Unpaid care work is especially noticeable when schools have to close and homeschooling is on the schedule, or even when family members are quarantined or isolated. Here, it is mostly the women who have a hand in taking care of children, relatives or even acquaintances and neighbors, running errands, etc. The pandemic demonstrates the fragility of our economic system: not only are supply chains interrupted, but the closure of the care infrastructure (daycare centers, schools, etc.) means that less labor is available to the economy.

The extent of unpaid work is already enormous in a normal year. For 2016, the Swiss Federal Statistical Office reports 9.2 billion hours of unpaid work. That is 16 percent more than was spent on paid work (7.9 billion hours). The total unpaid work performed in 2016 is estimated to have a monetary value of 408 billion Swiss francs. Unpaid work here refers to activities that are not remunerated but could theoretically be performed by a third party in return for payment. This includes housework and family work, but also voluntary and honorary work in associations and organizations (institutionalized volunteering) and personal assistance for acquaintances and relatives who do not live in the same household. In this context, women took on 61.3 percent of the unpaid work volume in 2016, while men took on 61.6 percent of the paid work volume.

These numbers should make us sit up and take notice: The care economy is a weighty factor in the overall national economy, both in terms of time invested and financial dimension. The volume is considerable! And yet, the full extent of unpaid care work is not shown anywhere in the GDP, and it does not appear in any national budget. Feminist economists are working on developing other economic models that make care work visible in the entire national budget. In a Corona year, women are expected to take on an even larger share of unpaid work. This is also indicated by the results of research conducted by UN Women: Women are now spending even more time raising children and doing housework. Data from 38 countries around the world show that women are bearing the brunt of additional childcare and domestic responsibilities due to the pandemic. That’s why UN Secretary-General António Guterres warns:

“The Covid 19 crisis threatens to undermine what has been achieved [in terms of gender equality].”

But: care work is not only dependent on family organization. The “Care Diamond” model (Razavi 2007) identifies four institutional domains: Household/Family, State/Public Sector, Market (Profit Sector), and Non-Profit Sector. The Care Diamond shows that care work is dependent on the tensions and dynamics between the four institutional domains. Families or households are not the only players in this business. Government regulations, the economy, etc. also influence unpaid work. If, for example, the supply of childcare in Switzerland were doubled (market and/or non-profit sector) and made available much more cheaply, e.g. through government subsidies, this would change the situation in families. It then becomes easier for both parents to work full time. Care work would then probably shift more away from the family, the economy would have more workers, and these would be available for longer. The introduction of a 30-hour week for all could also contribute to a more balanced distribution of care work between women and men. This approach would free up more care resources in the family, especially for men. For companies, however, women and men would be equally valuable as workers, since both also have limits due to the care work performed.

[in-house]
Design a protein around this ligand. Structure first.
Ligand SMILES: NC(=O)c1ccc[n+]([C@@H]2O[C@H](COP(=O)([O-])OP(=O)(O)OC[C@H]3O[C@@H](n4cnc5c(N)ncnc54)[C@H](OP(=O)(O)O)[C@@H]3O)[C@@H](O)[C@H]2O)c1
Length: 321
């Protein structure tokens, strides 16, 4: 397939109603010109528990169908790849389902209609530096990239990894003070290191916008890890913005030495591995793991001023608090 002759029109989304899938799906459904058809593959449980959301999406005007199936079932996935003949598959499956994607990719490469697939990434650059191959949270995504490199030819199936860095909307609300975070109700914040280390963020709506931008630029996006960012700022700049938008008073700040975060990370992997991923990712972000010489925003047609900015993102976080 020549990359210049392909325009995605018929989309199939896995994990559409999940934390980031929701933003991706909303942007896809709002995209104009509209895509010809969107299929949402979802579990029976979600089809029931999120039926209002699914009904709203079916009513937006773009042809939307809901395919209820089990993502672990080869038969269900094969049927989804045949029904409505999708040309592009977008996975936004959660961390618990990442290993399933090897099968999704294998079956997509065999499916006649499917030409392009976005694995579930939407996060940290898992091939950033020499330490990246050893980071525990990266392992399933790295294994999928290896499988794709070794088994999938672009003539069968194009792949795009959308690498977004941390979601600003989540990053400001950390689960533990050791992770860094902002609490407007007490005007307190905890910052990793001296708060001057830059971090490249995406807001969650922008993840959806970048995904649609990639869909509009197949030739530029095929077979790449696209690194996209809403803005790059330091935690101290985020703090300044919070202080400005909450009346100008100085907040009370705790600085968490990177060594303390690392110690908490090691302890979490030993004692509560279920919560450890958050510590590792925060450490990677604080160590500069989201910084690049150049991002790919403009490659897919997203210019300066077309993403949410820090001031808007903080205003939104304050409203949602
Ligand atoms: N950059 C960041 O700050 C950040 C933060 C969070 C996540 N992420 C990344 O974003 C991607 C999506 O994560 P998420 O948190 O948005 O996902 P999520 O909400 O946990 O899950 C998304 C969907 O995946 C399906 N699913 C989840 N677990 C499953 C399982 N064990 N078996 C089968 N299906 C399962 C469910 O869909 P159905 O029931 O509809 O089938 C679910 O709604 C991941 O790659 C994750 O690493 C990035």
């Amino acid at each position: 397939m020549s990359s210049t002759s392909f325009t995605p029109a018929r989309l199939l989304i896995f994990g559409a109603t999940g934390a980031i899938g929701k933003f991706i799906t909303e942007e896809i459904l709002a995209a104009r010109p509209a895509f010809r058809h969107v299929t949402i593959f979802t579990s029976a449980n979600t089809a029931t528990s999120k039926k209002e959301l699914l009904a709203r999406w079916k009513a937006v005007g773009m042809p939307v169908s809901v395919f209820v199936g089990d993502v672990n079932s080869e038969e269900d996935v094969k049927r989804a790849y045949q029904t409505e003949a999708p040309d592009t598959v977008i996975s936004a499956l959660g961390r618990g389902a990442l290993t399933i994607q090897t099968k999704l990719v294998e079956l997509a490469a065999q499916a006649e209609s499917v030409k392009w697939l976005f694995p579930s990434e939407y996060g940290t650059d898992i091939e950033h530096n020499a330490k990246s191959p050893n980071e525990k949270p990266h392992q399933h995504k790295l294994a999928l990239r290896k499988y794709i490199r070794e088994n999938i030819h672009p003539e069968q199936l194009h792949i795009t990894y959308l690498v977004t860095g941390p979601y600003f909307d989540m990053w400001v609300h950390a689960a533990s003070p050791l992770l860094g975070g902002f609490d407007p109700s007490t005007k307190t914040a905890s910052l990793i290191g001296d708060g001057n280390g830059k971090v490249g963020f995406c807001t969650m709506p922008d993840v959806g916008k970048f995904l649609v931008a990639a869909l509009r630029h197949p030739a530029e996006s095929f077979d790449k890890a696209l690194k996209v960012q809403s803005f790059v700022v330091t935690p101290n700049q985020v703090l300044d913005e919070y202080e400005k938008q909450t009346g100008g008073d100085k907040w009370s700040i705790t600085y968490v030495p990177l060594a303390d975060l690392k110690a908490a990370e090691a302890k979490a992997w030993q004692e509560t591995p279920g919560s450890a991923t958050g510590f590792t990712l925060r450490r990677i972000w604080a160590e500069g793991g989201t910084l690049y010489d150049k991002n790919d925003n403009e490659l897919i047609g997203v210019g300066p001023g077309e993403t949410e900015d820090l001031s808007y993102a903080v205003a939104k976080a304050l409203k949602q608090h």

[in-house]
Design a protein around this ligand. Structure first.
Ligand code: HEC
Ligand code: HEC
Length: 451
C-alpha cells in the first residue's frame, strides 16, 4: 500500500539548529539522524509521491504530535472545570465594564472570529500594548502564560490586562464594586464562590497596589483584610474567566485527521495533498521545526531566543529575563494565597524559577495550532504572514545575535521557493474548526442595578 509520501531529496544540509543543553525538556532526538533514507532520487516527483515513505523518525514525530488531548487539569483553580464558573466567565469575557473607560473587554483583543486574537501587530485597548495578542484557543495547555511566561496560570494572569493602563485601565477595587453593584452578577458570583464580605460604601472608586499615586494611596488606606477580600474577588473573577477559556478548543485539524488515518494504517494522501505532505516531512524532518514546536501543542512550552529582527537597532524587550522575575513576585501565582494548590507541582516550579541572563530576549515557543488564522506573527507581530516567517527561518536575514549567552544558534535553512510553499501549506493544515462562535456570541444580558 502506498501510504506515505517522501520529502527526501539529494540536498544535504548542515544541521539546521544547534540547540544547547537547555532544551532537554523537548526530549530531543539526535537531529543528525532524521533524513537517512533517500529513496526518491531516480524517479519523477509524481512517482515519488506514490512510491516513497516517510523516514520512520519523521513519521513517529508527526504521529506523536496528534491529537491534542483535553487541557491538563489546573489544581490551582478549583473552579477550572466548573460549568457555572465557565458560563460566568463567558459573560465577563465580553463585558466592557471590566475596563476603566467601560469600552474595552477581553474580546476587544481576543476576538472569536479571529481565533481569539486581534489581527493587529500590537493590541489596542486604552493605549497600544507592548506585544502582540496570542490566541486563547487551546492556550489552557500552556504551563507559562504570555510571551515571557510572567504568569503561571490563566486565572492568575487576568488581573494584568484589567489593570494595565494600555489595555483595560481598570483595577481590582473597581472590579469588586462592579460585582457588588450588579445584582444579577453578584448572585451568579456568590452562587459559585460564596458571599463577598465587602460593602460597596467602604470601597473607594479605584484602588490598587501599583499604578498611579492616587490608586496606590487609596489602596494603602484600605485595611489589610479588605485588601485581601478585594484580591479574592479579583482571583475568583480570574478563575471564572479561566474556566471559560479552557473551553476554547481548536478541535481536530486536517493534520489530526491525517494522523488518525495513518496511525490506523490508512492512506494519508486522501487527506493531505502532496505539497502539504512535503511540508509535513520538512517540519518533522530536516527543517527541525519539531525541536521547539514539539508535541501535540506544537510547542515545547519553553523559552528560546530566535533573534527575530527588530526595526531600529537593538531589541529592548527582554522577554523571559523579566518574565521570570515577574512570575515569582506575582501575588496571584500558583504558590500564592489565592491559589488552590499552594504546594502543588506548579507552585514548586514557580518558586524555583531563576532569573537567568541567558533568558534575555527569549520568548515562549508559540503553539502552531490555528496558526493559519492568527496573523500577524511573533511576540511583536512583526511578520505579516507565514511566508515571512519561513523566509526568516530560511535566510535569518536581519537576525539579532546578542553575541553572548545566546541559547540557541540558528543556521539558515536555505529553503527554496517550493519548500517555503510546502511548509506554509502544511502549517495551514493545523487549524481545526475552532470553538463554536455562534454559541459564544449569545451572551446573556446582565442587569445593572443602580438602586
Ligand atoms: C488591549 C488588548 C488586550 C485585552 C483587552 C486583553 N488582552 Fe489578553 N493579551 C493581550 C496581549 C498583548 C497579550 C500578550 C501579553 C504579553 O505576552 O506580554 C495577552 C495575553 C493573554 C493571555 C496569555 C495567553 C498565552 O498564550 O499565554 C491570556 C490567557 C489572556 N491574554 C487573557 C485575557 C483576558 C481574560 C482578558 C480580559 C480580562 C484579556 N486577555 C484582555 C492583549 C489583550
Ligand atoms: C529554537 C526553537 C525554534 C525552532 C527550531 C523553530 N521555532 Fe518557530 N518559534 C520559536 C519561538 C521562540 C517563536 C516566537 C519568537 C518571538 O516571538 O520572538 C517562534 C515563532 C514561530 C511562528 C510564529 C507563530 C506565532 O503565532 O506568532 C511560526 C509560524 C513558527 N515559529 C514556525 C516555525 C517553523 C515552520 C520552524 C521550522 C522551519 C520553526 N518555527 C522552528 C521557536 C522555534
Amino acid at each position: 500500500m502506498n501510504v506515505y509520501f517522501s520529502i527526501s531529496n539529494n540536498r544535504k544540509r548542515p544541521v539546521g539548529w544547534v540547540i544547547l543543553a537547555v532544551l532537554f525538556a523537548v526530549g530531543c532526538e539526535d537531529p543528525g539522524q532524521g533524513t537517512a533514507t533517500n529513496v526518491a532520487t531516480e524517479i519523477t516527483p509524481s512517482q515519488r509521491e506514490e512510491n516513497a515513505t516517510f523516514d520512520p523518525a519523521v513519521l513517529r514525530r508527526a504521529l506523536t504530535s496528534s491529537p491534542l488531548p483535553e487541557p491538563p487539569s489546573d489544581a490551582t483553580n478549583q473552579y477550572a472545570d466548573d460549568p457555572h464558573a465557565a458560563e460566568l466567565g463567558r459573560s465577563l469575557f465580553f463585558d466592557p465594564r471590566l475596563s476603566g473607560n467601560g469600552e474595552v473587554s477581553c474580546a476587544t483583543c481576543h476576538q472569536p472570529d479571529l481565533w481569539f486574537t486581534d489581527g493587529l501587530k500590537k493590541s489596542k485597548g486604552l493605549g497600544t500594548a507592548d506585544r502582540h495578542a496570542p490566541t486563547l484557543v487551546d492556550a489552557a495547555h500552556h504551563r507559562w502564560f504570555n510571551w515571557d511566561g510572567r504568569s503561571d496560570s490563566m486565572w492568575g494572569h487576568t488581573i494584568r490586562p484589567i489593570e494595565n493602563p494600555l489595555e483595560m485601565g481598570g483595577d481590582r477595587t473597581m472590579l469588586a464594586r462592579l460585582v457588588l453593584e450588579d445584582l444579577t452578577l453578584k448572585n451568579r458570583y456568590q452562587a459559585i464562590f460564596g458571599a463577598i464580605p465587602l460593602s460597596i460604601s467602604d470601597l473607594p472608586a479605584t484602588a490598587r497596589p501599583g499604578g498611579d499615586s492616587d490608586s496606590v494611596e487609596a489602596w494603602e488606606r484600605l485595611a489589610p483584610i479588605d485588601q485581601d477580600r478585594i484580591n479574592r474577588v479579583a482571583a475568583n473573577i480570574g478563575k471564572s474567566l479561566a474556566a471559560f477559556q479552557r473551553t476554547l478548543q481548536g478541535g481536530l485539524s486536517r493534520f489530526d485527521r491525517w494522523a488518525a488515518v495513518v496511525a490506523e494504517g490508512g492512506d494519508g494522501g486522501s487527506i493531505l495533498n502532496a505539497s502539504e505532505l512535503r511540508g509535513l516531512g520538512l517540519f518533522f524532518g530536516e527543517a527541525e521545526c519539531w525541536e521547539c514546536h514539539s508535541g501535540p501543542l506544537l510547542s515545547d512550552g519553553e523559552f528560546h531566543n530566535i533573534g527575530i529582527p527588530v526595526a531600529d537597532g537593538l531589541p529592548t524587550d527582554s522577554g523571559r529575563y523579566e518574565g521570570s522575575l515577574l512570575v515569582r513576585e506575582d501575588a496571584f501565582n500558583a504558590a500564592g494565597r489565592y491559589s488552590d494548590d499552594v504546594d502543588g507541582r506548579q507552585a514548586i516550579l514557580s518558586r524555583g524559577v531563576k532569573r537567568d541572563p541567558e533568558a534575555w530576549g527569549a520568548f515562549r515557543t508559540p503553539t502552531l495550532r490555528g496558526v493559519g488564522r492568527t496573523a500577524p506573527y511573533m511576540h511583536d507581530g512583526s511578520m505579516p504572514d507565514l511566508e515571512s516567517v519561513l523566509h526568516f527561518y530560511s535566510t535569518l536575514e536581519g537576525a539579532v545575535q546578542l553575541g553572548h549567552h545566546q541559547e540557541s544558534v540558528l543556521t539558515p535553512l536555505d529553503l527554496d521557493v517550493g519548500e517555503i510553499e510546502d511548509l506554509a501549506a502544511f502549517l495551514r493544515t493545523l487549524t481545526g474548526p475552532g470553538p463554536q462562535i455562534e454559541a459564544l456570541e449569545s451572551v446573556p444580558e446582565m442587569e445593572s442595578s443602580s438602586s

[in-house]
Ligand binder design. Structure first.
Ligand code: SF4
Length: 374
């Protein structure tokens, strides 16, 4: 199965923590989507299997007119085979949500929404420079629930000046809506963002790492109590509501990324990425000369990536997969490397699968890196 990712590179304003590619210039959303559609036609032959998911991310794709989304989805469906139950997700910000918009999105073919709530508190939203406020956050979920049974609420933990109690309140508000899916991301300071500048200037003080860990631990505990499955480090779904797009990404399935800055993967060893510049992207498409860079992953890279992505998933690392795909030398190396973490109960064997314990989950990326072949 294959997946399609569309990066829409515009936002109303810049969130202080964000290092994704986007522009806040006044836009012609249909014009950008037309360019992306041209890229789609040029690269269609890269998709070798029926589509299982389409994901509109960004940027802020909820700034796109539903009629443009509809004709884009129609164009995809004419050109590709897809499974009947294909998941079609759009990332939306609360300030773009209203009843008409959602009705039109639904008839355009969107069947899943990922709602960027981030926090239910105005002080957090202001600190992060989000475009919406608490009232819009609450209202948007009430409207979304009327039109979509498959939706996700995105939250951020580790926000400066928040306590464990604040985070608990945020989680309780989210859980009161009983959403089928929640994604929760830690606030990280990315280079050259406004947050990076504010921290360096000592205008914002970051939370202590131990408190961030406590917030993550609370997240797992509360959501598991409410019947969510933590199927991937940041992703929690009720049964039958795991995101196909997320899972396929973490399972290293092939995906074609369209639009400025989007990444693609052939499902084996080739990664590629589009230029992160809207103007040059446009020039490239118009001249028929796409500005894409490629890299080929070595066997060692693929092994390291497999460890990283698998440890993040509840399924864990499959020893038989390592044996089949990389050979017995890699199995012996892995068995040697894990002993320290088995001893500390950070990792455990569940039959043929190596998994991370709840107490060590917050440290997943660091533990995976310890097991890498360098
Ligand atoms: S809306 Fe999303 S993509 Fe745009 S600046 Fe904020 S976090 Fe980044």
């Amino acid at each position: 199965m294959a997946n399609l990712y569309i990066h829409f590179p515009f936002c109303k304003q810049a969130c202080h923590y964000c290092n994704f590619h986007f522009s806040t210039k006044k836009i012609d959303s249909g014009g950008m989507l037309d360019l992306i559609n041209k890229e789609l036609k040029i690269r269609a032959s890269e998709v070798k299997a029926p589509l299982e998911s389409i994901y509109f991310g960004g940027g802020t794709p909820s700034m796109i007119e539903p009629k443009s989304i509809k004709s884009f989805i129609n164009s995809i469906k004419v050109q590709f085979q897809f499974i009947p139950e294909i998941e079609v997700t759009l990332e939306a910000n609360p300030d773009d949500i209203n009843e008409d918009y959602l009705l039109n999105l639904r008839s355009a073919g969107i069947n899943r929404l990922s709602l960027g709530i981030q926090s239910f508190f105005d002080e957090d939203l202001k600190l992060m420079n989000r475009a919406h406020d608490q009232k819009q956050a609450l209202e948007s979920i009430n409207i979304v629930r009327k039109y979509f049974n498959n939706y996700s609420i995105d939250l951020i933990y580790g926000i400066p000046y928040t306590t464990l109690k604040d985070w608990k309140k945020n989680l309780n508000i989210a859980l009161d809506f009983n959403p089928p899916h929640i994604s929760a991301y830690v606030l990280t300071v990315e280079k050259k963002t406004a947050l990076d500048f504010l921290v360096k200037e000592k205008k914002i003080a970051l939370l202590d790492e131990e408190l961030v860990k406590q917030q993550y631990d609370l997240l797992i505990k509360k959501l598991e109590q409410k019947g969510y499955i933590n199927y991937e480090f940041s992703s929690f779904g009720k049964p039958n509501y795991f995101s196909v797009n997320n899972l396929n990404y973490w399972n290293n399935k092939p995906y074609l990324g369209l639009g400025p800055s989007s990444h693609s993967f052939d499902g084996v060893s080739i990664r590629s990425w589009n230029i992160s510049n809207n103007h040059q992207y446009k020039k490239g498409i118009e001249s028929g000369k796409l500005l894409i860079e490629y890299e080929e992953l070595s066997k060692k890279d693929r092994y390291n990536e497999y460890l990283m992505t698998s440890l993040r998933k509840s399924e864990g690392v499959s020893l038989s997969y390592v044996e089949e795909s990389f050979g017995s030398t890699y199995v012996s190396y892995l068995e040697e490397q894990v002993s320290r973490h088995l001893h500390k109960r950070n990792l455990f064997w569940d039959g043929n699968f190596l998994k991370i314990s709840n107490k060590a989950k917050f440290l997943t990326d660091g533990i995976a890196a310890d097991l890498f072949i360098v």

The figures quoted above show: Economy is only possible with unpaid care work in the background. It would therefore be in the interest of the economy and of us as women leaders to invest in paid care work. The childcare infrastructure plays an important role in this. In regions with good childcare provision, women are three times more likely to work full-time than in regions where there is a lack of childcare provision. Full-time work among women in turn improves their chances of advancement in companies. This counteracts vertical segregation. At the same time, paid care work should be upgraded and better rewarded. Care professions are often not even considered by young men when choosing a career because they are less well paid. A more balanced wage structure in the care sector can counteract horizontal segregation. If we have learned anything in the last year, it is this: paid and unpaid care work are systemically relevant. It is worthwhile for us to engage in both.


This article was first published in the magazine Ladies Drive.

About the author(s)

Portrait Gudrun Sander 246

Prof. Dr. Gudrun Sander Director Competence Centre for Diversity and Inclusion


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